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    Technology_FINAL.doc Technology_FINAL.doc Document Transcript

    • Technological Environment Radio Frequency Identification (RFID) Technology is continually advancing at a rapid rate than ever before, and at the forefront of this development, with respect to the retail environment, is the Radio Frequency Identification (RFID) technology. This computer chip technology is slowly replacing the barcode system and incorporates multiple tasks within its programming.1 The system tracks products through a radio signal being emitted through an embedded computer chip in the merchandise and acts as a theft deterrent by being a security device.2 Simply put, RFID is an electronic tagging technology that allows an object, place, or person to be automatically identified at a distance without a direct line-of-sight, using an electromagnetic challenge/response exchange.3 The retail giant Wal-Mart has invested US$3 billion in implementing RFID. The retail giant forces the majority of its suppliers to adapt this technology (essentially forcing the industry to advance) to enhance the supply chain operation. 4 Major companies, including Gillette, Kraft Foods and Procter & Gamble have collectively invested US$250 million in RFID at Wal-Marts' request. 1 http://www.mergentonline.com.proxy.library.carleton.ca/IndReports.asp? Page=70&type=IndReports&ReportNumber=224 2 http://retailindustry.about.com/gi/dynamic/offsite.htm? site=http://www.smartbrief.com/alchemy/servlet/encodeServlet%3Fissueid=50ABBADA %2D5696%2D4730%2DA676%2D6AEA35FF09E6 3 http://xml.coverpages.org/rfid.html#overview 4 http://retailindustry.about.com/gi/dynamic/offsite.htm? site=http://www.smartbrief.com/alchemy/servlet/encodeServlet%3Fissueid=264A68AD %2DB397%2D44D6%2D88A1%2D2E3D98966BF5%26lmid=archive
    • Estimates have placed that the costs RFID implementation for a single manufacturer at $6.9 million each in 2004.5 It is expected that there an increase of will 20 – 40% in (tagging) costs to add on the extra RFID tags to goods. However, overall advantages are expected to outweigh the additional costs. Financial losses through theft will decline due to the more efficient security benefits within the product. Also, retailers will see savings of 5% of inventory cost and 7.5% of warehouse labour costs.6 Threats of RFID involve consumer complaints that such out- of-store tracking is an invasion of their privacy. Nevertheless, this is definitely an opportunity for the retail industry because the advantages of this technology are likely to ensure its widespread acceptance by the retail and other industries. Internet & E-commerce The North American environment is becoming highly comfortable with online shopping. Internet shopping has become a normal method of purchasing. "Despite all the negative press online shopping has received lately, we're seeing that consumers continue to purchase over the Internet," said Geoff Ramsey, eMarketer CEO.7 Stats U.S.A also shows that adoption of the Internet and confidence in online purchasing has grown, so too have the online sales figures of worldwide e-tailers.8 With advanced ICT infrastructures and RFID technology retailers are more willing to invest money to showcase their 5 http://www.mergentonline.com.proxy.library.carleton.ca/IndReports.asp? Page=70&type=IndReports&ReportNumber=224 6 http://retailindustry.about.com/cs/it_rfid/index.htm 7 http://retailindustry.about.com/library/bl/bl_em0320.htm 8 http://retailindustry.about.com/library/bl/bl_em0320.htm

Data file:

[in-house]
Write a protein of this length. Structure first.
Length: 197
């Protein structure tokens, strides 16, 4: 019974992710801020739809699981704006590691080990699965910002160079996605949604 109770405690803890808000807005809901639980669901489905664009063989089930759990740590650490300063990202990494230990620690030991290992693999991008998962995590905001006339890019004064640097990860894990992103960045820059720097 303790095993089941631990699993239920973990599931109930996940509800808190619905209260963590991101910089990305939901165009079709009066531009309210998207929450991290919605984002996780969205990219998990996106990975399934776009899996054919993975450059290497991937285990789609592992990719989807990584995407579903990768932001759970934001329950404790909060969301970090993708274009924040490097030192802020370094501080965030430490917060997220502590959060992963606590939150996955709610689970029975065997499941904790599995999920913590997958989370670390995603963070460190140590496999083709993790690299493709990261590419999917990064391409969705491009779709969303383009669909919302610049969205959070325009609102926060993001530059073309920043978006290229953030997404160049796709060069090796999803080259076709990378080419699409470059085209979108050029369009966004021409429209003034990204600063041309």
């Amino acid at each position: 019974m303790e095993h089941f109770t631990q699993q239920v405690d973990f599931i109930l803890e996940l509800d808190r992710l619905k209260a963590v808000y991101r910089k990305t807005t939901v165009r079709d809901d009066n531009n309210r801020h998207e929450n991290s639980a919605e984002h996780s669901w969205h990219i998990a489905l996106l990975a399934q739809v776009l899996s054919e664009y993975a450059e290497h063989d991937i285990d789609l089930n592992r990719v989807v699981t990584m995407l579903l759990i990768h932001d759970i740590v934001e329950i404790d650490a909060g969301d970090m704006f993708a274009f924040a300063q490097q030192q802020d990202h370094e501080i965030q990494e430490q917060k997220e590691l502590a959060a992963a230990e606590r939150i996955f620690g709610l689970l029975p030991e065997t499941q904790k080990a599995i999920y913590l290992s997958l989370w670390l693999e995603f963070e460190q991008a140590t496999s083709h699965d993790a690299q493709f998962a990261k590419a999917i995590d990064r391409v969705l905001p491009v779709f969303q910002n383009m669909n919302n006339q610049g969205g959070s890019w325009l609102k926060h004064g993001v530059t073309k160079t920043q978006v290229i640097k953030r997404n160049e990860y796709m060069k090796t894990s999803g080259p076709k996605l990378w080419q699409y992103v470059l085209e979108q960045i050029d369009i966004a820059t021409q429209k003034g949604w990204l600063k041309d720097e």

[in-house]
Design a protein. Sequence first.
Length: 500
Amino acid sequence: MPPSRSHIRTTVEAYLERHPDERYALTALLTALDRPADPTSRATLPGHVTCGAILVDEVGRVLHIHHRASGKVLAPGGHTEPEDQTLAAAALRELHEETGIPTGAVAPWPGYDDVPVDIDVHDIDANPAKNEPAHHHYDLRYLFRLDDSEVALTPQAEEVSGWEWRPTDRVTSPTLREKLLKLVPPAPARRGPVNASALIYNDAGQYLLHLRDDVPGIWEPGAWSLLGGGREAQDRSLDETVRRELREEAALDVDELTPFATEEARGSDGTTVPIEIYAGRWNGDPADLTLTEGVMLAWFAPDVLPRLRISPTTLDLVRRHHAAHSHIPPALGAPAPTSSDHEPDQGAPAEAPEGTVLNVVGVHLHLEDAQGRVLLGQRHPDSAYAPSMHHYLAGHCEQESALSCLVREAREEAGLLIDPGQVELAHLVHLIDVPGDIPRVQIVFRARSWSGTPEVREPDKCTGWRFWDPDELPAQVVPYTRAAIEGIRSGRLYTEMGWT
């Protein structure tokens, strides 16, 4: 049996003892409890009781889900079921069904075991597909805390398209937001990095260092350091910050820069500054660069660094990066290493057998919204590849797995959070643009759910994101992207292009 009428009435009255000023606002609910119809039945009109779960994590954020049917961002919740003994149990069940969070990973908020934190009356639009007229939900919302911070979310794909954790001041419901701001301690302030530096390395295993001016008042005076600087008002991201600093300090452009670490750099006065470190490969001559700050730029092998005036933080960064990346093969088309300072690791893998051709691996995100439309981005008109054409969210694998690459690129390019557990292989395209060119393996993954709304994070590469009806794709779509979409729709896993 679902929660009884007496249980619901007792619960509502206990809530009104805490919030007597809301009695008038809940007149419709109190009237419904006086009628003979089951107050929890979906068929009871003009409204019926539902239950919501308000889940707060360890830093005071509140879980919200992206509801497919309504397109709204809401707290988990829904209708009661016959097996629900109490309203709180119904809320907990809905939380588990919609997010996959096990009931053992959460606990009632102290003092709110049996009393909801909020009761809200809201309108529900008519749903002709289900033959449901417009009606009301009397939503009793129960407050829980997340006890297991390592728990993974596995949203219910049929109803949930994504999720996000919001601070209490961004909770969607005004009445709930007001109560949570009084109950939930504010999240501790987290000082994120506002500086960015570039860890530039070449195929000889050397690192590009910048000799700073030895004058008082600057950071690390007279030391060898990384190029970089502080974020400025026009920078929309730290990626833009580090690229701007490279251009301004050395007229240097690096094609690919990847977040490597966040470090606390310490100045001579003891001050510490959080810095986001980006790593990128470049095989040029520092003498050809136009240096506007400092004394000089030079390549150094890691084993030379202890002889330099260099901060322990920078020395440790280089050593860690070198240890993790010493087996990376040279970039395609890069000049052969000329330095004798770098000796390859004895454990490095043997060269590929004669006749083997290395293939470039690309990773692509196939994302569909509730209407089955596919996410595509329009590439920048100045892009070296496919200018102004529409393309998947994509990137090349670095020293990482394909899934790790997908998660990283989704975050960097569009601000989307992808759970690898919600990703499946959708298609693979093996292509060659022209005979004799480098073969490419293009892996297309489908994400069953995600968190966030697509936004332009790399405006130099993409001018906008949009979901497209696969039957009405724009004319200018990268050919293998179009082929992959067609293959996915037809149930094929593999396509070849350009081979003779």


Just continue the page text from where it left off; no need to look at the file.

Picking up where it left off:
• merchandise on the net and set up systems to handle online credit card transactions and the logistics systems for shipping and tracking of products to customers.9 Baby boomers and digitally literate young adults, coupled with the spread of broadband access, are changing the way people shop online—and how Web merchants market to them. The data obtained from the US Commerce Department (chart below) illustrates that “e-tail” sales totalled US$68.8 billion in 2004, an increase of twenty four percent over 2003. Not only did “e-tail” sales increase dramatically in 2004, but thirty seven percent of retailers are also selling their products through a combination of the internet, stores and catalogues, compared with only 26% in 2003.10 9 http://www.mergentonline.com.proxy.library.carleton.ca/compsearch.asp? type=indreports&sortby=undefined&Industry=05020&Region=10&startmonth=01&startyear=2003&endm onth=12&endyear=2006 10 http://www.mergentonline.com.proxy.library.carleton.ca/IndReports.asp? Page=100&type=IndReports&ReportNumber=224